Fresh off her appearance at the fifth annual Fashion Houston in November, designer Chloe Dao is curating a runway show for an entirely different event—the Pratham Houston Holiday Luncheon. Pratham is an international non-profit organization advocating for education for underprivileged children in India. One of Pratham's biggest programs, Second Chance, helps girls who've dropped out of school finish their degrees. It's a cause that's close to Dao's heart.
Pratham Houston Holiday Luncheon
Dec 5, 11:30 a.m.
Junior League Houston
1811 Briar Oaks Ln.
“I get a lot of requests to do charity events,” Dao said. “I like to work with organizations I haven't worked with before, and especially organizations that address women's and girls' issues.”
At the luncheon, Dao will be showing a mix of collections from her line, DAO Chloe DAO, including Fall ready-to-wear and some pieces from her Spring collection.
She also showed the spring collection on stage at the Wortham Center during Fashion Houston, which she said has grown a lot in five years.
“This year we had bands, which was fun,” she said. “There are events every night and shows every night now, and the audience has become a lot more diverse. It's less exclusive, and it's great to see it grow.”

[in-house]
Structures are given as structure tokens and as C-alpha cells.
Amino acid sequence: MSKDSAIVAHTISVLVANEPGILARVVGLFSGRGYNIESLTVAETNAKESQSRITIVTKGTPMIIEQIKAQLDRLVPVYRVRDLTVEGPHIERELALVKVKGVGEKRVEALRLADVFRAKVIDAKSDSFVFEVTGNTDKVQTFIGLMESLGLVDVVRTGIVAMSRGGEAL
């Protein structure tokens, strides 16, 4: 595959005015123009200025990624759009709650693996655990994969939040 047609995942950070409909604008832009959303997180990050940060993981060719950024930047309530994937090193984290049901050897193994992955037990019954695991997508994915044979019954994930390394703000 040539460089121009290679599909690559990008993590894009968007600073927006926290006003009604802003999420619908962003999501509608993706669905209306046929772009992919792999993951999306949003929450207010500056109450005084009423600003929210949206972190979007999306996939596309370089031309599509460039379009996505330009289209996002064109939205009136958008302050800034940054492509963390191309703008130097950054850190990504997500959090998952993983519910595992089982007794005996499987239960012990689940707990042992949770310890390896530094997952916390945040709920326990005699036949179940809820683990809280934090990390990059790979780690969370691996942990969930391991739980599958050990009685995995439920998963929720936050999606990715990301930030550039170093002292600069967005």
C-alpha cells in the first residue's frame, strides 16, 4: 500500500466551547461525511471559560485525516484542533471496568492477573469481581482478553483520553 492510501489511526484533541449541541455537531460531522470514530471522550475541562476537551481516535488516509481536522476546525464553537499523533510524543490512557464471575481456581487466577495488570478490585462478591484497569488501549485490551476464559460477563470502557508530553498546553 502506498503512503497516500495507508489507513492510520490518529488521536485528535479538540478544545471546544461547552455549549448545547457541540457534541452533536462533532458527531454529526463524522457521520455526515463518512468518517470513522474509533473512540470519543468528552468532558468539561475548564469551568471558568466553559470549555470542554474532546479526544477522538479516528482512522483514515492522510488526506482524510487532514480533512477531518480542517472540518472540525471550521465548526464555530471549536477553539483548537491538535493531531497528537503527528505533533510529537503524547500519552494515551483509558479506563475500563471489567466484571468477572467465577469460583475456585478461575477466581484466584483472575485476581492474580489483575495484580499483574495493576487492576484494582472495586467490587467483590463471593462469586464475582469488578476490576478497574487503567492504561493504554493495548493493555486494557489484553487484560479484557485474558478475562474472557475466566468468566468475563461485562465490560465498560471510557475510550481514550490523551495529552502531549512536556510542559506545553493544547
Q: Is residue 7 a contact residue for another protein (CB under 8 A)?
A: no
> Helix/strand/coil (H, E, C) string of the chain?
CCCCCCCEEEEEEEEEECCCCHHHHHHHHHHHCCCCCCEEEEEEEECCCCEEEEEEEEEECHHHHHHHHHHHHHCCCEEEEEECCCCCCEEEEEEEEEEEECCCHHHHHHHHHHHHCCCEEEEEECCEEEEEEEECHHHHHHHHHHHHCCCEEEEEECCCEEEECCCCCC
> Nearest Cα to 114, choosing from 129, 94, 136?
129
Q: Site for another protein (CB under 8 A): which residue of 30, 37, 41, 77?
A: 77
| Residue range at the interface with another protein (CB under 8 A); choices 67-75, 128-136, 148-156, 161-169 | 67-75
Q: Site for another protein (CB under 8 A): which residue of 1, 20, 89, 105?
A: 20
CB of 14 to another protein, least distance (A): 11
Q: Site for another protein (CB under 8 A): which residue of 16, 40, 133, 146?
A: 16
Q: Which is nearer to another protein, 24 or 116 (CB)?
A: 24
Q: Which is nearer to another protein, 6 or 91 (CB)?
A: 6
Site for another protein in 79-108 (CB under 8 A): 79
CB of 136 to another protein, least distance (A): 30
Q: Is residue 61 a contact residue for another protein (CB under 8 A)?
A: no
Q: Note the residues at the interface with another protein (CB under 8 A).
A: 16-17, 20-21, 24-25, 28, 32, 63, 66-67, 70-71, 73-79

Dao's support of women's issues comes in part from her own growth as a woman. Ten years after winning the second season of Project Runway, Dao's age and maturity are a major influence on her designs, she said.
“Confidence comes with age, I think,” she said. “I'm turning 43 this year, so I was inspired to design a collection that was about ease, elegance and edge,” she said. “As women get older, we learn what works with our bodies, and I try to design something for every body, but every body is different. That's why there's always something high, something low cleavage, bare shoulders, long sleeves.”
“I call my aesthetic 'classic contemporary,'” she said. “The name of the Spring collection is 'The Building Blocks,' and my theme was 'chic, comfortable and confidence.'” She laughs at her own alliteration. “I'm all about the letters lately. But really, I just wanted to design something I didn't have to wear Spanx under.”